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After launching the Kapatid, Angat Lahat program last August, we have launched one of its components, the Go Negosyo Mentor Me program, in different provinces and cities such as Cavite, Tarlac, Baguio, Iloilo, Tacloban, Cebu, Davao, General Santos, Cayagan de Oro, Tubod and Zamboanga. For the past months, together with DTI and our partners, we have deployed many entrepreneur-mentors who are willing to guide and assist the micro entrepreneurs (MEs) in their journey to scaling up.
First batch of graduates from Mentor ME Baguio with DTI-CAR representatives and panelists.
Just recently, Baguio and Zamboanga concluded their first batch of Mentor ME last Nov. 18 and 21, respectively. Their culmination day is a combination of business plan presentation and graduation rites. During the presentation, mentees were asked to present their business model or plans for expansion to a panel composed of a) bank/financing institution, b) entrepreneurs whose expertise are on operations and marketing, c) Go Negosyo Angelpreneur/DTI regional director and their d) Negosyo Center business counselor who will help them realize these plans even after graduating from the Mentor ME program.
For most of those who are already running their business for years, I am equally surprised and relieved that it’s their first time to prepare a business plan. Relieved simply because they are appreciative of the fact that at last someone has taught them that a detailed plan is essential for an entrepreneur who is eager to be successful. I am delighted to share some of the first batch of mentees’ inspiring feedback and stories during their culmination day.
First is 57 years-old Perlita Ballacillo from Abra, owner of Emilia’s Herbal Products, who worked as a lady guard for more than 25 years in different buildings of DTI in Metro Manila.
Initially, she had no plans of starting a business but when her brother who was getting bald tried a branded hair-grower which caused him severe allergies, it convinced Perlita to make her own herbal hair-grower. During her shift, she conducted research on herbal medicines and brought small amounts of ingredients from her salary.
To her surprise, the concoction cured her brother and his hair even grew. She started to give it to friends in need of the hair tone and they usually came back to her with positive feedback, so she started making more. Through her research, she realized that the raw materials can be naturally sourced from her province, so when she went back to Abra last year, she started seeking assistance through the local DTI. After that, she joined her very first local trade fair. After selling a few bottles, she realized she could make a living out of the hair toner and help her family without being away from them.
From her first hair grower, Perlita now produces other herbal products such as facial cream, facial toner and herbal shampoo. Her co-mentees, who can vouch for the effectivity of her products, are now helping her market the hair toner through their own network – talk about market linkages among micro entrepreneurs!
Besides the knowledge on proper pricing and costing, Perlita is really thankful for the business plan development module. “Wala po kasi talaga kaming idea na lahat pala ng maaring mangyari sa negosyo mo ay mag-uumpisa sa pag-plano,” she said.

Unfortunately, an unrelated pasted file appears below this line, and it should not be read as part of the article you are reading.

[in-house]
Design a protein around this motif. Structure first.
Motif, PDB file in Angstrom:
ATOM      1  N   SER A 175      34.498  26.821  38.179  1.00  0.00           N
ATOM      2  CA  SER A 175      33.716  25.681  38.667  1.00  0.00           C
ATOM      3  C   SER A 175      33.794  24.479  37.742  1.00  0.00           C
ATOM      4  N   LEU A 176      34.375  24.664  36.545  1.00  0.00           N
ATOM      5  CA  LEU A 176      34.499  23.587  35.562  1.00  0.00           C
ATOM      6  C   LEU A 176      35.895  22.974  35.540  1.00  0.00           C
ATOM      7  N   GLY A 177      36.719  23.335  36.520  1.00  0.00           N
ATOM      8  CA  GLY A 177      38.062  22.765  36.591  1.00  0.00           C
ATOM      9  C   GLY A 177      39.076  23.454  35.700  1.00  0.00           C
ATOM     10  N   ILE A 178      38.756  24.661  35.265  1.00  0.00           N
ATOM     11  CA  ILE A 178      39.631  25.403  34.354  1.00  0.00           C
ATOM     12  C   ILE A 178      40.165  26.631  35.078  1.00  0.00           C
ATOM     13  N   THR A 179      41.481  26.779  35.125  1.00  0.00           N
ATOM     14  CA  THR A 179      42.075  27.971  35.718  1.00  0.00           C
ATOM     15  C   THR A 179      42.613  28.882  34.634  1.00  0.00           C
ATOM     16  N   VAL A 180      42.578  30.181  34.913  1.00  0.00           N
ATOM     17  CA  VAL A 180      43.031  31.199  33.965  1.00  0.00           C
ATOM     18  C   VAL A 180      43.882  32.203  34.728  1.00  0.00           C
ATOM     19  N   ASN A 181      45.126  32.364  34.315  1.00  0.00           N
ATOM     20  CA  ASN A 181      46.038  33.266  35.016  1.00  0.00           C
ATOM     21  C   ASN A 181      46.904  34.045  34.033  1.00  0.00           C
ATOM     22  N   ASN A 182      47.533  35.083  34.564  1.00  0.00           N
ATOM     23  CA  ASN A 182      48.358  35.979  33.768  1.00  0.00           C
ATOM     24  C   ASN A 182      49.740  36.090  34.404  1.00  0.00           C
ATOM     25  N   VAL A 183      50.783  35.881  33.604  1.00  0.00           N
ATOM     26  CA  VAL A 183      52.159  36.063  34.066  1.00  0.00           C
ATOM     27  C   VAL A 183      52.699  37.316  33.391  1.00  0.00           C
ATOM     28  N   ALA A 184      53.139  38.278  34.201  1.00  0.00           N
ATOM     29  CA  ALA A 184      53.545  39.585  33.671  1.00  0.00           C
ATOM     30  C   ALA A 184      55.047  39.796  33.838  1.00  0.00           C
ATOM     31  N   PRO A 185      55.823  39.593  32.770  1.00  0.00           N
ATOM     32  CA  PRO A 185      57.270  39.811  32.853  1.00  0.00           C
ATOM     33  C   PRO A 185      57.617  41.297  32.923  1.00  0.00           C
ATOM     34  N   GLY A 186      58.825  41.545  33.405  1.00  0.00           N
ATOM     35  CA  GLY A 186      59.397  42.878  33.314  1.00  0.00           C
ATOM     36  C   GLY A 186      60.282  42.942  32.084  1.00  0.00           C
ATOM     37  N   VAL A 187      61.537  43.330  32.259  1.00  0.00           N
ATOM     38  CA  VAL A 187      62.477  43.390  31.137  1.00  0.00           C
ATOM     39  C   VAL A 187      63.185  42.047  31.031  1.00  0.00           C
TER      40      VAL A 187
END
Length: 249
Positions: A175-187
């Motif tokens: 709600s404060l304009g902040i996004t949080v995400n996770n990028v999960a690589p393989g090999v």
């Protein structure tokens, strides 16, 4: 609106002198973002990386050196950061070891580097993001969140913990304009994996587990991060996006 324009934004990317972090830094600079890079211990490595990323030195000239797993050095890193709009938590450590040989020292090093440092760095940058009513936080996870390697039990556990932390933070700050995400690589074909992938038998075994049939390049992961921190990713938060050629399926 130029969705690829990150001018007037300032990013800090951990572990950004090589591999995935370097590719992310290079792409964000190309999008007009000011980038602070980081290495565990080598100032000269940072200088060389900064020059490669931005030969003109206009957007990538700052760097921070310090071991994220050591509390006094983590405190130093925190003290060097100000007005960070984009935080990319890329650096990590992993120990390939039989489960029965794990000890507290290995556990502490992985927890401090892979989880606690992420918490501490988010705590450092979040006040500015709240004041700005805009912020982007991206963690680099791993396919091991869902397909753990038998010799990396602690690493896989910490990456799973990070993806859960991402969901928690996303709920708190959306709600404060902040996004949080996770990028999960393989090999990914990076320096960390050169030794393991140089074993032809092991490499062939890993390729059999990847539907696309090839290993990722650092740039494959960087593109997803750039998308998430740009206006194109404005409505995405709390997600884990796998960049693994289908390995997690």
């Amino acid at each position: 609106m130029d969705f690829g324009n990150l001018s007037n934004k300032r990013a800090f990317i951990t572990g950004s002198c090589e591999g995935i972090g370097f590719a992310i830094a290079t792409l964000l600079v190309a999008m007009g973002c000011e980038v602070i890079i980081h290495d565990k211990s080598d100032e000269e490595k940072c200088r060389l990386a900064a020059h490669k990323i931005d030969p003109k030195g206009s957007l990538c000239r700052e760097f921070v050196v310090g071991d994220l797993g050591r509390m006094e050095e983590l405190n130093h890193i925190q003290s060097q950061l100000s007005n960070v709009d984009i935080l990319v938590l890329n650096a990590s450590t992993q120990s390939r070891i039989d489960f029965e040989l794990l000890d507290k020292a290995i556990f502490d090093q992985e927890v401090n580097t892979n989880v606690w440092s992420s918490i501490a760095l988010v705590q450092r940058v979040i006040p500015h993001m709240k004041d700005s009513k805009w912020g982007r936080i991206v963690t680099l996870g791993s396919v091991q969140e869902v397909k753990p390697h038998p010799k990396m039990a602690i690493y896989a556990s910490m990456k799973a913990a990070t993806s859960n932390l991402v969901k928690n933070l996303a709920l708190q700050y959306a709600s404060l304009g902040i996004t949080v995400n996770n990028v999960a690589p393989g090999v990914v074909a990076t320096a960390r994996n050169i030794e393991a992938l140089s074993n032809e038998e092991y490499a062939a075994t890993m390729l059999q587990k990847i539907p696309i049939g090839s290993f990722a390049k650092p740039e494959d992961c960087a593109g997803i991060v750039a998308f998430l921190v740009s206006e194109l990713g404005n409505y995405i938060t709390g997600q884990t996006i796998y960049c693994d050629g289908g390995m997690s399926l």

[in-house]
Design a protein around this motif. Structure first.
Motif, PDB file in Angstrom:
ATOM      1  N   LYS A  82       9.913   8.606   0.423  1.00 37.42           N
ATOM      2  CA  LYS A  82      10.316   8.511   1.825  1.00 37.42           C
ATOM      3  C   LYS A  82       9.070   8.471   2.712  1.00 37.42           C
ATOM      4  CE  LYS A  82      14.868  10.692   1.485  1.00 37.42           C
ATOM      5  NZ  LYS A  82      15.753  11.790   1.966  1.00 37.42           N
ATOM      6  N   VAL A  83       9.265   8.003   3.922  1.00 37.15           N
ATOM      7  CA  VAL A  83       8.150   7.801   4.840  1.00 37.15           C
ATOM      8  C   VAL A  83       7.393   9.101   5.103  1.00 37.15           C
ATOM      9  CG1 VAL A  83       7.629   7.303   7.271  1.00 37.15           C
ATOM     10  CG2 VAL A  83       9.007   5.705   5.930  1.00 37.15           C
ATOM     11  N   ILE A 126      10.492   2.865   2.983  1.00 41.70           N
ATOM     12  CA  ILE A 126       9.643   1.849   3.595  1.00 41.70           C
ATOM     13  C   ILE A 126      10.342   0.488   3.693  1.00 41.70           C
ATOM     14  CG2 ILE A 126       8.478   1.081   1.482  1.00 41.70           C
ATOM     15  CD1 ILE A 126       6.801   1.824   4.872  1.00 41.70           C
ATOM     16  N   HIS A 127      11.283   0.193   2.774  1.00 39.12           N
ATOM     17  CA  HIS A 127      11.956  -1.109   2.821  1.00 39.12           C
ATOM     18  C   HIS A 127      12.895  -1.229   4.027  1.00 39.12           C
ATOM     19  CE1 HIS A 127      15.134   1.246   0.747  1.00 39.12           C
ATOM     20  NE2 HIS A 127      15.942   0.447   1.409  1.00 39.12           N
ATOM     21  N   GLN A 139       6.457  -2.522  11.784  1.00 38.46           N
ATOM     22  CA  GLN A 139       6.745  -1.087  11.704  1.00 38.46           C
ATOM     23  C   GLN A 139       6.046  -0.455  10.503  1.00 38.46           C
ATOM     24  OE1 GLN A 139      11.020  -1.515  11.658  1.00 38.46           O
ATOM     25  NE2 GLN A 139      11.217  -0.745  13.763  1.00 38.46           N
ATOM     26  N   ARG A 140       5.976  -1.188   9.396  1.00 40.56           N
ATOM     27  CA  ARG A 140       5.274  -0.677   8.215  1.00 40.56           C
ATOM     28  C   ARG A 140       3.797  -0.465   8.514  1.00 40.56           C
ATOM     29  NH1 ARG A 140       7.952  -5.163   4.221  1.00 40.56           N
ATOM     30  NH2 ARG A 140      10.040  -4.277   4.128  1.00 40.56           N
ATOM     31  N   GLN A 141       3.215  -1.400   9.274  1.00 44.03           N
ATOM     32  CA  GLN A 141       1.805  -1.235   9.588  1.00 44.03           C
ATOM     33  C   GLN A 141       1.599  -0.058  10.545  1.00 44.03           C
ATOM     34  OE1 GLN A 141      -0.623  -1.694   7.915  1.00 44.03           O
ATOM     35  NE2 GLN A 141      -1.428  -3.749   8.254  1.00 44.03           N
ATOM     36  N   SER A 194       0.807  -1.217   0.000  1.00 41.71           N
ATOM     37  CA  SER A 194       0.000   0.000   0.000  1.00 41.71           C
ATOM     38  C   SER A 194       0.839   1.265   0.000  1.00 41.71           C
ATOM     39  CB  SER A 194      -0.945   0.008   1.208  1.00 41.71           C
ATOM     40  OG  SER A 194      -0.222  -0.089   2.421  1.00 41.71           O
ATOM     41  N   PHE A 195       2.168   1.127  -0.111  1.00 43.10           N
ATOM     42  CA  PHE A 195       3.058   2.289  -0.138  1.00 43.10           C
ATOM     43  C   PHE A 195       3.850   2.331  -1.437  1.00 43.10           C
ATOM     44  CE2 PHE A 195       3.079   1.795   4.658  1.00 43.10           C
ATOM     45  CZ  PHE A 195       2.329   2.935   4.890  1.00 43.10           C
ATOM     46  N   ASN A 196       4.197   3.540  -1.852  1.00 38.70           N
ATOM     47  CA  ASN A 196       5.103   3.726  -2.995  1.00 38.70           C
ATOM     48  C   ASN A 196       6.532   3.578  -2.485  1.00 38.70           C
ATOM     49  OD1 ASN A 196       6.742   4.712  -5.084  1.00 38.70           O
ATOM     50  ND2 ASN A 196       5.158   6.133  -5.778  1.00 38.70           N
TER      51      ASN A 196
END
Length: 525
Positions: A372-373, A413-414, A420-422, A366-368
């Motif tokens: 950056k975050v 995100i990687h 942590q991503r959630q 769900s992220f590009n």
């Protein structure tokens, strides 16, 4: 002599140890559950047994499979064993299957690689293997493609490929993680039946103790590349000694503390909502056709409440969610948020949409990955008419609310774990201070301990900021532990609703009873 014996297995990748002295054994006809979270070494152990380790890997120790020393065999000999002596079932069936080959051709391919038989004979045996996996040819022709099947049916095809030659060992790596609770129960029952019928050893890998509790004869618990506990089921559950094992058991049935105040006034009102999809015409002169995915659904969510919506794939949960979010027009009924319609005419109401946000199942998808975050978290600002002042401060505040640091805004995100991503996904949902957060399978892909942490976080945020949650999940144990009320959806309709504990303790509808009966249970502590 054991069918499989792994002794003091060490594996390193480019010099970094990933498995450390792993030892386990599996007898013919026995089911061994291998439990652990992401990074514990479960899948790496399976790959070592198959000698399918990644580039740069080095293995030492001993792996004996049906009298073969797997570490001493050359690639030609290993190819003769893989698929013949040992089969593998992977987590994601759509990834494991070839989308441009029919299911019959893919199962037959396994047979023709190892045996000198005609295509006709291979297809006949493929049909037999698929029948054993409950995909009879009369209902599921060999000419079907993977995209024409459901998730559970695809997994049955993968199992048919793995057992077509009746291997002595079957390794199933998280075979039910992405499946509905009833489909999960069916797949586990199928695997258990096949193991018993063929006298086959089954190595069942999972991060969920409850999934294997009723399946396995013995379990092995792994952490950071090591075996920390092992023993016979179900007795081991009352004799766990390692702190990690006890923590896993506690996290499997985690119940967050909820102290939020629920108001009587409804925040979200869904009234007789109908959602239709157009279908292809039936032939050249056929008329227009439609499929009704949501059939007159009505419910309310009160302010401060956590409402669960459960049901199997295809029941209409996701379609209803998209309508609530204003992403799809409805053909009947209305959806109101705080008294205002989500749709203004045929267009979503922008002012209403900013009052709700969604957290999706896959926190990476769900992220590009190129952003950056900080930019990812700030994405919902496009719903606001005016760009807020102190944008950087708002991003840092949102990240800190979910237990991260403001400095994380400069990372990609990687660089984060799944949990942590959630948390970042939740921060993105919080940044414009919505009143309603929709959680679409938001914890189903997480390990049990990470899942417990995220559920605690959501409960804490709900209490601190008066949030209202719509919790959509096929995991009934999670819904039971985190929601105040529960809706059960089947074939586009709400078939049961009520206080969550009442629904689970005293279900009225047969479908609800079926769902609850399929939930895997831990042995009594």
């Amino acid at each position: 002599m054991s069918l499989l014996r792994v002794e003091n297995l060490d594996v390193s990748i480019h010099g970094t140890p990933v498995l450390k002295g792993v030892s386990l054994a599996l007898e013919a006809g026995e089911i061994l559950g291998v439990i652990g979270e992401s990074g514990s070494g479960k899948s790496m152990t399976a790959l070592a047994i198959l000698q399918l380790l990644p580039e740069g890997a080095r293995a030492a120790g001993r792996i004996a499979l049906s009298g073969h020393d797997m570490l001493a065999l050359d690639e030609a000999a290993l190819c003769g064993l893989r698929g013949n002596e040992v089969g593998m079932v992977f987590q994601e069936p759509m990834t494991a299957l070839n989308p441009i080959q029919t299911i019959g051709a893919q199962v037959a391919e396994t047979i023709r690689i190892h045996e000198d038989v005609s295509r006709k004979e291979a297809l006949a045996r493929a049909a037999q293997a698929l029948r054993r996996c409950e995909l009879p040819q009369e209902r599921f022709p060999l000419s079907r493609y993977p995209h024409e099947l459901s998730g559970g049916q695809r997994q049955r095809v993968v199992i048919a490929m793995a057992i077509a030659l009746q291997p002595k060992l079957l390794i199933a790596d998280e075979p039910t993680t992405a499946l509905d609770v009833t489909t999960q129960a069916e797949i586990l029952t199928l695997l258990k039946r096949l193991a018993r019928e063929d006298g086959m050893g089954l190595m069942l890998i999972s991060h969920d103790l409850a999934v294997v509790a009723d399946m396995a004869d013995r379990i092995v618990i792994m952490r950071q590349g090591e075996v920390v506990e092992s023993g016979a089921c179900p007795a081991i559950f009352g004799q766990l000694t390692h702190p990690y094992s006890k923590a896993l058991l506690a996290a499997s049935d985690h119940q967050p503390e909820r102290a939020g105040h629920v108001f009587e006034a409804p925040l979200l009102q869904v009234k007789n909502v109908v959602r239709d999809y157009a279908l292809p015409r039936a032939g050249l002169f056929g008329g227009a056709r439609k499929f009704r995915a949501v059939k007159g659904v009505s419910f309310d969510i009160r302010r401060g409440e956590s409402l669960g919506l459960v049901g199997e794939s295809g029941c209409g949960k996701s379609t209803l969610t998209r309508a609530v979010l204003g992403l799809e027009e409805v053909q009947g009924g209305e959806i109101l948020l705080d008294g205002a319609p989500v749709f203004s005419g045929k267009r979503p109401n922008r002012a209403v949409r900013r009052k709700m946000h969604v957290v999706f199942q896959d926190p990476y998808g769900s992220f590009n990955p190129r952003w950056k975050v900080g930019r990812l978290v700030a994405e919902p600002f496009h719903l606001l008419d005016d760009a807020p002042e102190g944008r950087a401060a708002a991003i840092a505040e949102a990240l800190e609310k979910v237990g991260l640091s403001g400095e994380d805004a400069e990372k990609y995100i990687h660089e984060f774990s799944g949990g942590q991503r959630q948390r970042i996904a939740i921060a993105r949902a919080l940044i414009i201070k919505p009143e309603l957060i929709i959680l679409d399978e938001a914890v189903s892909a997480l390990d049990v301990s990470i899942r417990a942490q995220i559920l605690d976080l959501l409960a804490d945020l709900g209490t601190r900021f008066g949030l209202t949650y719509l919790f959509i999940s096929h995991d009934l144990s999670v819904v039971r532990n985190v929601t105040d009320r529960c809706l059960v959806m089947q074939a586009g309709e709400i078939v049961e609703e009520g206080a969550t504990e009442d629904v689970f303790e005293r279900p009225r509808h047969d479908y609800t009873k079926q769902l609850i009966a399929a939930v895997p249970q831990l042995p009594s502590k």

Zamboanga Mentor ME graduates with DTI 9 and DTI Zamboanga panelists.
Another is Estrella Dinampo from Zamboanga. She is the president of a group with 20 women members called Tugbungan-Ayudahan Livelihood Association which produces assorted bags and slippers out of locally sourced canvas, cloth and batik. Some of the members are under the 4Ps program of DSWD and most of them are victims of the armed conflict in their area. In 2014, they moved to Tubungan where they all met in a 15-day LGU initiated livelihood seminar where they collectively decided to start an association.
Today, they have a total of nine sewing machines, five of which were given through loan assistance of the government, four were bought from their earnings. With an average daily income ranging from P300 to P1,000/women, depending on the demand, Estrella is hopeful her learnings from the mentors will help her and the association to expand, helping more women in their community.
When asked on her best take from the program she says, “Maliban po sa production and operation management, ang pinaka tumatak po sa akin ay ‘yung mindsetting, mahirap po talaga mag negosyo pero nung nag attend ako ng Mentor ME, nakita ko na may pag asa at may oportunidad na lumago. Marami akong natutunan.”
Some of the Zamboanga and Baguio mentees who graduated are former OFWs and have now decided not to go back to being an OFW. The mentees come from different backgrounds but are all thankful because of Mentor ME. They realize that mentoring is important in starting and running a business. One of them even told the panel, “I should’ve met Mentor Me Program five years ago, I could’ve been a big player now!”
These are just two of the many inspiring stories from the first batch of this nationwide mentoring program. Before we go on our own holidays this December, there will be more Mentor ME graduations in different regions. And next year, we will have more Mentor ME launches in various Negosyo Centers. Together with our partners and DTI, it will be our mission to bring this mentoring program nationwide.